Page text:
Mycobacterium Bovis often referred to as the bovine tubercle bacillus, is a member of the Mycobacterium tuberculosis complex, a group of organisms with the capacity to cause tuberculosis in humans. Most animals are potential reservoirs of infection. Cattle, in particular, are susceptible to infection and subsequent tuberculous lung disease caused by M. Bovis. Mycobacterium Bovis is a slow-growing (16 to 20 hour generation time), aerobic bacterium and the causative agent of tuberculosis in cattle (known as bovine TB). Related to M. tuberculosis—the bacterium which causes tuberculosis in humans — M. Bovis can also jump the species barrier and cause tuberculosis in humans.
M. Bovis in humans
An accurate historical assessment of the proportion of disease caused by M. Bovis in humans is problematic. Studies undertaken in England and Wales in 1931, 1937, and 1941 estimated that around 6% of deaths due to all forms of tuberculosis were due to M. Bovis infection. The current risk posed by M. Bovis to human health in the UK is considered negligible. Prior to the introduction of effective controls through milk pasteurisation and tuberculin screening of herds to identify infected animals, M. Bovis infection was much more common.
Between 1994 and 2007, 79% of the 453 human cases reported to the HPA were aged 45 years and above and only 17% were known to be non-UK born. This suggests that the majority of the cases seen in the UK are attributable to reactivation of latent infection, probably acquired prior to more widespread implementation of controls, principally milk pasteurisation and meat inspection. Further epidemiological data can be found on the Tables and Figures page.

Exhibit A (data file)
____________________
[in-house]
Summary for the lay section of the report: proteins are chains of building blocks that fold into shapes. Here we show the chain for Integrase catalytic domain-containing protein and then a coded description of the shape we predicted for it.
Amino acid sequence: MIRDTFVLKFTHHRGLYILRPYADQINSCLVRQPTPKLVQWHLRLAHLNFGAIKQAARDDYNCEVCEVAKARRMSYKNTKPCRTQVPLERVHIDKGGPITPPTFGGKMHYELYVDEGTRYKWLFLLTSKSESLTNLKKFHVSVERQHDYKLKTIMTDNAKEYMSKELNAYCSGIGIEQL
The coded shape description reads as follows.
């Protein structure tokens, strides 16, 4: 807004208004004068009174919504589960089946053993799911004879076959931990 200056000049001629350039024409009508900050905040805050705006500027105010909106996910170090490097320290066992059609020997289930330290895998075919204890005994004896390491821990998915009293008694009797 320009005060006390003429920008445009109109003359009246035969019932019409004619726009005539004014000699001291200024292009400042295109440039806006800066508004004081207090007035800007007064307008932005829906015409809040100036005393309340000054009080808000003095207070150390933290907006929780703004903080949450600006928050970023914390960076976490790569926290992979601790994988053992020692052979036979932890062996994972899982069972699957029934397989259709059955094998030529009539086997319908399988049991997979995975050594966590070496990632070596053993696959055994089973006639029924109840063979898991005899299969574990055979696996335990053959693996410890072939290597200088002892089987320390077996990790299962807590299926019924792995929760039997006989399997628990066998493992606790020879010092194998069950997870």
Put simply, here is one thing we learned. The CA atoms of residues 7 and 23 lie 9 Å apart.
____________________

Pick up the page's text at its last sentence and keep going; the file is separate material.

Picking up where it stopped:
The prevalence of tuberculosis caused by M. Bovis in developing countries is largely unknown due to the complexities and prohibitive cost in differentiating between mycobacterial species. The organism is known to be widely distributed and the zoonotic importance of M. Bovis is potentially a serious public health problem, particularly in areas badly affected by the HIV pandemic and where effective controls through pasteurisation and the slaughter of infected animals are not applied.
M. Bovis in cattle
During the 1930s, 40% of slaughtered cattle in England and Wales had obvious tuberculosis. Rates of the disease have fallen dramatically since this time with new confirmed cases occurring in only about 0.4% of UK cattle herds each year. However, the incidence of tuberculous disease in UK cattle caused by M. Bovis is increasing. The most significant increase in M. Bovis cases is reported from the south west of England, where over 1% of cattle herds are now affected annually.
Transmission of M. Bovis can occur between animals, from animals to humans, and vice-versa and - rarely - between humans. As with M. tuberculosis, the transmission is most commonly by the aerosol route but also through the ingestion of milk and meat from infected animals. The link between drinking milk from diseased cows and the development of scrofula, cervical lymph node tuberculosis, was established mid-19th century when more than half of all cervical lymphadenitis cases in children were caused by M. Bovis. Infection acquired through ingesting M. Bovis is more likely to result in non-pulmonary forms of the disease.
Pasteurisation of milk, immunisation of humans and healthy diet has seen the number of cases reduce dramatically. It should be noted that cattle with bTB lesions do routinely enter the food chain.
WHO CARRIES BOVINE TB?
The following animals have been shown to carry bovine TB
- Deer = 36% positive (includes farmed, wild and park deer)
- Cat = 25% positive
- Dog = 27% positive
- Pig = 19% positive
- Alpaca = 56% positive
- Llama = 0%
- Sheep = 44% positive
- Goat = 0
- Ferret (!) = 0
- Farmed wild boar = 0 (NB: two cases this year confirmed for wild boar and TB, both on TB infected farms
Foxes, dogs, cats and rats are also known to carry bTB.
HUMANS have a 1% incidence of TB, skewed to farm workers.
An increasing trend is for higher occurrences (live cultural positives) of TB in cats and alpacas.